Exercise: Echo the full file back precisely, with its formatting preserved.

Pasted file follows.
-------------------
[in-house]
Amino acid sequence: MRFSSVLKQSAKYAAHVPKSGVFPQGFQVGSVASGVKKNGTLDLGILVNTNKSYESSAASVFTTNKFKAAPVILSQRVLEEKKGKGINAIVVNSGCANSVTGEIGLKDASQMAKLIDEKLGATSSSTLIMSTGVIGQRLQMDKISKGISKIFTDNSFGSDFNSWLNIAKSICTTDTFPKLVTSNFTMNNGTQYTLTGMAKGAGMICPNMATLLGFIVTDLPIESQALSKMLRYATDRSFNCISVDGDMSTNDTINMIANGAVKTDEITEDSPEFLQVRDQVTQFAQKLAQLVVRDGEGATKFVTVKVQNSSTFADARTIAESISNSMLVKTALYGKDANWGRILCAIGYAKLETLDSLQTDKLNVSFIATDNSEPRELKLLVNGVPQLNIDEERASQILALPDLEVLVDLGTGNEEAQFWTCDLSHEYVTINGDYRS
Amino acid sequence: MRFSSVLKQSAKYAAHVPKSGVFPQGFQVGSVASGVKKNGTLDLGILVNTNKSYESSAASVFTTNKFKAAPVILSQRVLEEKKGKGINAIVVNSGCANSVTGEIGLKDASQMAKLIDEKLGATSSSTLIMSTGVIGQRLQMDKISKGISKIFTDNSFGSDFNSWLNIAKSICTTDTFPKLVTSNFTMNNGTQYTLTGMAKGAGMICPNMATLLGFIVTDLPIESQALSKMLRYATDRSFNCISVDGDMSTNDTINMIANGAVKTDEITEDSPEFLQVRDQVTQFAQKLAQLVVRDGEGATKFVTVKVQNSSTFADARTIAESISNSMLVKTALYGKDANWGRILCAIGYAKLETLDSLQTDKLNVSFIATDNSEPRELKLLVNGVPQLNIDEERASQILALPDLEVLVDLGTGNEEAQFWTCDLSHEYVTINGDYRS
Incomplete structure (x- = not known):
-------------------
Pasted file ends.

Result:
[in-house]
Amino acid sequence: MRFSSVLKQSAKYAAHVPKSGVFPQGFQVGSVASGVKKNGTLDLGILVNTNKSYESSAASVFTTNKFKAAPVILSQRVLEEKKGKGINAIVVNSGCANSVTGEIGLKDASQMAKLIDEKLGATSSSTLIMSTGVIGQRLQMDKISKGISKIFTDNSFGSDFNSWLNIAKSICTTDTFPKLVTSNFTMNNGTQYTLTGMAKGAGMICPNMATLLGFIVTDLPIESQALSKMLRYATDRSFNCISVDGDMSTNDTINMIANGAVKTDEITEDSPEFLQVRDQVTQFAQKLAQLVVRDGEGATKFVTVKVQNSSTFADARTIAESISNSMLVKTALYGKDANWGRILCAIGYAKLETLDSLQTDKLNVSFIATDNSEPRELKLLVNGVPQLNIDEERASQILALPDLEVLVDLGTGNEEAQFWTCDLSHEYVTINGDYRS
Amino acid sequence: MRFSSVLKQSAKYAAHVPKSGVFPQGFQVGSVASGVKKNGTLDLGILVNTNKSYESSAASVFTTNKFKAAPVILSQRVLEEKKGKGINAIVVNSGCANSVTGEIGLKDASQMAKLIDEKLGATSSSTLIMSTGVIGQRLQMDKISKGISKIFTDNSFGSDFNSWLNIAKSICTTDTFPKLVTSNFTMNNGTQYTLTGMAKGAGMICPNMATLLGFIVTDLPIESQALSKMLRYATDRSFNCISVDGDMSTNDTINMIANGAVKTDEITEDSPEFLQVRDQVTQFAQKLAQLVVRDGEGATKFVTVKVQNSSTFADARTIAESISNSMLVKTALYGKDANWGRILCAIGYAKLETLDSLQTDKLNVSFIATDNSEPRELKLLVNGVPQLNIDEERASQILALPDLEVLVDLGTGNEEAQFWTCDLSHEYVTINGDYRS
Incomplete structure (x- = not known):